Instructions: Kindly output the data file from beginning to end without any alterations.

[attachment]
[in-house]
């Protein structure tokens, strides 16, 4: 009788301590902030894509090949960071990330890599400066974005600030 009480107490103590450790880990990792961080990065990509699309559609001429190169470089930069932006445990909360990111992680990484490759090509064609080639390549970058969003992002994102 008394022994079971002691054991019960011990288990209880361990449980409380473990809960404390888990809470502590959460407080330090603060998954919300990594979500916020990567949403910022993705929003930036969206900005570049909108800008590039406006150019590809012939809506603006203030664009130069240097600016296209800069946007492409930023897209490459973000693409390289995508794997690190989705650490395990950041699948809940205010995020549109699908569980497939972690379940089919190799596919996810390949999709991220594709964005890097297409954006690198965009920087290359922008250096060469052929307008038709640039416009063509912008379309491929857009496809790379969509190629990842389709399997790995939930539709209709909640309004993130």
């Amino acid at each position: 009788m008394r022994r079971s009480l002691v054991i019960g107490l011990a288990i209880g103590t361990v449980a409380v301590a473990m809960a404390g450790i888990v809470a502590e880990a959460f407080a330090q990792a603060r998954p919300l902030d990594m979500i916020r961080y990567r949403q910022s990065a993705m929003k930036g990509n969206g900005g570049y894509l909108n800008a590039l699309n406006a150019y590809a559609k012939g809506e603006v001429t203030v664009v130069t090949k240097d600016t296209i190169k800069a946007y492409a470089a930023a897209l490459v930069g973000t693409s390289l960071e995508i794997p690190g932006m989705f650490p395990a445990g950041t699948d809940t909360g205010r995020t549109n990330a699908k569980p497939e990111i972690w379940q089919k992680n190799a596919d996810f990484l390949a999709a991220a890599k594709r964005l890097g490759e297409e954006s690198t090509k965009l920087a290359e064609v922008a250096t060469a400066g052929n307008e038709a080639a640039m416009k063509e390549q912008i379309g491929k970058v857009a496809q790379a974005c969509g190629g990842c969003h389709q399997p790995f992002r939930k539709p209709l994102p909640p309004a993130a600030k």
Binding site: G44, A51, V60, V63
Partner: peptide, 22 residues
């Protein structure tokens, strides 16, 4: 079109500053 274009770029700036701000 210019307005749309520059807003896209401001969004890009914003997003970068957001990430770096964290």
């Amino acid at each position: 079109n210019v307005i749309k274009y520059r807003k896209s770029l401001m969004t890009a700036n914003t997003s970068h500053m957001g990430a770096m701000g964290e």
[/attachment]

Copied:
[in-house]
């Protein structure tokens, strides 16, 4: 009788301590902030894509090949960071990330890599400066974005600030 009480107490103590450790880990990792961080990065990509699309559609001429190169470089930069932006445990909360990111992680990484490759090509064609080639390549970058969003992002994102 008394022994079971002691054991019960011990288990209880361990449980409380473990809960404390888990809470502590959460407080330090603060998954919300990594979500916020990567949403910022993705929003930036969206900005570049909108800008590039406006150019590809012939809506603006203030664009130069240097600016296209800069946007492409930023897209490459973000693409390289995508794997690190989705650490395990950041699948809940205010995020549109699908569980497939972690379940089919190799596919996810390949999709991220594709964005890097297409954006690198965009920087290359922008250096060469052929307008038709640039416009063509912008379309491929857009496809790379969509190629990842389709399997790995939930539709209709909640309004993130």
């Amino acid at each position: 009788m008394r022994r079971s009480l002691v054991i019960g107490l011990a288990i209880g103590t361990v449980a409380v301590a473990m809960a404390g450790i888990v809470a502590e880990a959460f407080a330090q990792a603060r998954p919300l902030d990594m979500i916020r961080y990567r949403q910022s990065a993705m929003k930036g990509n969206g900005g570049y894509l909108n800008a590039l699309n406006a150019y590809a559609k012939g809506e603006v001429t203030v664009v130069t090949k240097d600016t296209i190169k800069a946007y492409a470089a930023a897209l490459v930069g973000t693409s390289l960071e995508i794997p690190g932006m989705f650490p395990a445990g950041t699948d809940t909360g205010r995020t549109n990330a699908k569980p497939e990111i972690w379940q089919k992680n190799a596919d996810f990484l390949a999709a991220a890599k594709r964005l890097g490759e297409e954006s690198t090509k965009l920087a290359e064609v922008a250096t060469a400066g052929n307008e038709a080639a640039m416009k063509e390549q912008i379309g491929k970058v857009a496809q790379a974005c969509g190629g990842c969003h389709q399997p790995f992002r939930k539709p209709l994102p909640p309004a993130a600030k």
Binding site: G44, A51, V60, V63
Partner: peptide, 22 residues
């Protein structure tokens, strides 16, 4: 079109500053 274009770029700036701000 210019307005749309520059807003896209401001969004890009914003997003970068957001990430770096964290």
């Amino acid at each position: 079109n210019v307005i749309k274009y520059r807003k896209s770029l401001m969004t890009a700036n914003t997003s970068h500053m957001g990430a770096m701000g964290e």